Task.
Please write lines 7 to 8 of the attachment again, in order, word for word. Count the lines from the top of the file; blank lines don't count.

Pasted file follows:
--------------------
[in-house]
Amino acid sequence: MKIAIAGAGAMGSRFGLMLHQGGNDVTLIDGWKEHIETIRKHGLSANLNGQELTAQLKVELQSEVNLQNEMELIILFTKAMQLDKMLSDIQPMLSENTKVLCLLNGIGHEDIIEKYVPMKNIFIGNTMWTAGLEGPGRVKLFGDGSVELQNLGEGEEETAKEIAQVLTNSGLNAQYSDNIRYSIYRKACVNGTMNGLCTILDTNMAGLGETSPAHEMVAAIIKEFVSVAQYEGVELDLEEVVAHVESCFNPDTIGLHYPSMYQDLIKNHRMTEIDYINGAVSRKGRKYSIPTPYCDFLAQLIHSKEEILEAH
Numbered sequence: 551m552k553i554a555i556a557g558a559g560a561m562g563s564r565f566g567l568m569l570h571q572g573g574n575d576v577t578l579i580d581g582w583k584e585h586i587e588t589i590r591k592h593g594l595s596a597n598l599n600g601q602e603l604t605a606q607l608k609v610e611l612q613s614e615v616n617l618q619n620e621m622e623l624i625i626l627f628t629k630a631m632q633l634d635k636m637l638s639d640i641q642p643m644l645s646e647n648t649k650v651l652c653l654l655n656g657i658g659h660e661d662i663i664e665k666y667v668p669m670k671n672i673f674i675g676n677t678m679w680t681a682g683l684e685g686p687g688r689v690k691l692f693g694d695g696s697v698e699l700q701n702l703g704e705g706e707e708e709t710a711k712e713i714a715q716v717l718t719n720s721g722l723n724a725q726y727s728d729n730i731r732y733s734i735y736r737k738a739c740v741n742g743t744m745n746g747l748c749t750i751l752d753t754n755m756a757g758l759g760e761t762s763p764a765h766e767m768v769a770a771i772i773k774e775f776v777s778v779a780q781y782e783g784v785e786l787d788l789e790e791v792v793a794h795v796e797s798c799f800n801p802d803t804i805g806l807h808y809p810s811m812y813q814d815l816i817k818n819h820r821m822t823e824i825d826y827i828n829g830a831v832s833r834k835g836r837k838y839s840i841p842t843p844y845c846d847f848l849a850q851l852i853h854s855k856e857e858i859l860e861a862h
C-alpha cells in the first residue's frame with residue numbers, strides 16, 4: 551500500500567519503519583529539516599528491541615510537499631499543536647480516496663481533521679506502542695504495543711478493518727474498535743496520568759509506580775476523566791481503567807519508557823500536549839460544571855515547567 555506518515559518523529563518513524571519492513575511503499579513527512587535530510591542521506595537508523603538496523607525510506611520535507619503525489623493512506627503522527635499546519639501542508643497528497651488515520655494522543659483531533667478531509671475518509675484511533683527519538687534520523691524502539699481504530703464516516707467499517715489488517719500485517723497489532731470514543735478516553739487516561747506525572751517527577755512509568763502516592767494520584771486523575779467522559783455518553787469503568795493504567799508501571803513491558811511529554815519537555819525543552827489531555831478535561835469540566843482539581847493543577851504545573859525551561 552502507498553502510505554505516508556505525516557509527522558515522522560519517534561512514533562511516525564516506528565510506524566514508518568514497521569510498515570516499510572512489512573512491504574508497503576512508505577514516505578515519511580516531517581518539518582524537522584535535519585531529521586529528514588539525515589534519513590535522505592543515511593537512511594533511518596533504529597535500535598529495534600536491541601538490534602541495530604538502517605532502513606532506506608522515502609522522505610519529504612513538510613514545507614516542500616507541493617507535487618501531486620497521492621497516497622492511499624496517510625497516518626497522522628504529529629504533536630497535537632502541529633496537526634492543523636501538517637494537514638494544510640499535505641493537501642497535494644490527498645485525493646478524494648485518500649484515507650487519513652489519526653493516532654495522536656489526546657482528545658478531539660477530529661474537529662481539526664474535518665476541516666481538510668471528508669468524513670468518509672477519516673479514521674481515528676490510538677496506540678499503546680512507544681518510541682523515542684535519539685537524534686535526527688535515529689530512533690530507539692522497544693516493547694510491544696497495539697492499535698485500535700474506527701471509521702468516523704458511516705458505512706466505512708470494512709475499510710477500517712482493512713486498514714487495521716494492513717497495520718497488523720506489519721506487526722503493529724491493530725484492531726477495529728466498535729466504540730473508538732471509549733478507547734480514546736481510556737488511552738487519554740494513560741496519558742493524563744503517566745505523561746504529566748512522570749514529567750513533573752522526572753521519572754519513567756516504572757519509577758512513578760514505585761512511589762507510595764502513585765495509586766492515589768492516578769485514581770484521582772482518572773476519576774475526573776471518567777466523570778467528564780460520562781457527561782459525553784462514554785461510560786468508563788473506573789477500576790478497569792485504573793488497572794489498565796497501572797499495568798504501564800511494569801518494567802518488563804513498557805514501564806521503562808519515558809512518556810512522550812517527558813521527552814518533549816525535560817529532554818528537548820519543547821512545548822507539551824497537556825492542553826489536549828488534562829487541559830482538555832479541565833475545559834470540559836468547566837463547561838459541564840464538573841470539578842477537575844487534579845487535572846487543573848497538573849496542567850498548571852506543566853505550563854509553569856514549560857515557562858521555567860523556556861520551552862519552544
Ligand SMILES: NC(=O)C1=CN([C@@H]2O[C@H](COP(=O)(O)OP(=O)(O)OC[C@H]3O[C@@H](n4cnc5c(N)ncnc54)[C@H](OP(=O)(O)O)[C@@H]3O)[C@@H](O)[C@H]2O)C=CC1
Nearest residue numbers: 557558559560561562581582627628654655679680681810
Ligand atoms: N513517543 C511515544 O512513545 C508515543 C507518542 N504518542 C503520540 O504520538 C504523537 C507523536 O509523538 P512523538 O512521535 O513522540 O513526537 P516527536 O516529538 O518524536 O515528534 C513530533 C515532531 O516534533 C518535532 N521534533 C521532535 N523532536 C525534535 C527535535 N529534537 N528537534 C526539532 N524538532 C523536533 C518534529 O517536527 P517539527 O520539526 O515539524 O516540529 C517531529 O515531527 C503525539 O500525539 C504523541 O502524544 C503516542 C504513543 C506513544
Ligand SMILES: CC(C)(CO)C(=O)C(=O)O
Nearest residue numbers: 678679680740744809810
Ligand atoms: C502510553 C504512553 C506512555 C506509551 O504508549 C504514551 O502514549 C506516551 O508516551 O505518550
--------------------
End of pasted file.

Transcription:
Ligand atoms: N513517543 C511515544 O512513545 C508515543 C507518542 N504518542 C503520540 O504520538 C504523537 C507523536 O509523538 P512523538 O512521535 O513522540 O513526537 P516527536 O516529538 O518524536 O515528534 C513530533 C515532531 O516534533 C518535532 N521534533 C521532535 N523532536 C525534535 C527535535 N529534537 N528537534 C526539532 N524538532 C523536533 C518534529 O517536527 P517539527 O520539526 O515539524 O516540529 C517531529 O515531527 C503525539 O500525539 C504523541 O502524544 C503516542 C504513543 C506513544
Ligand SMILES: CC(C)(CO)C(=O)C(=O)O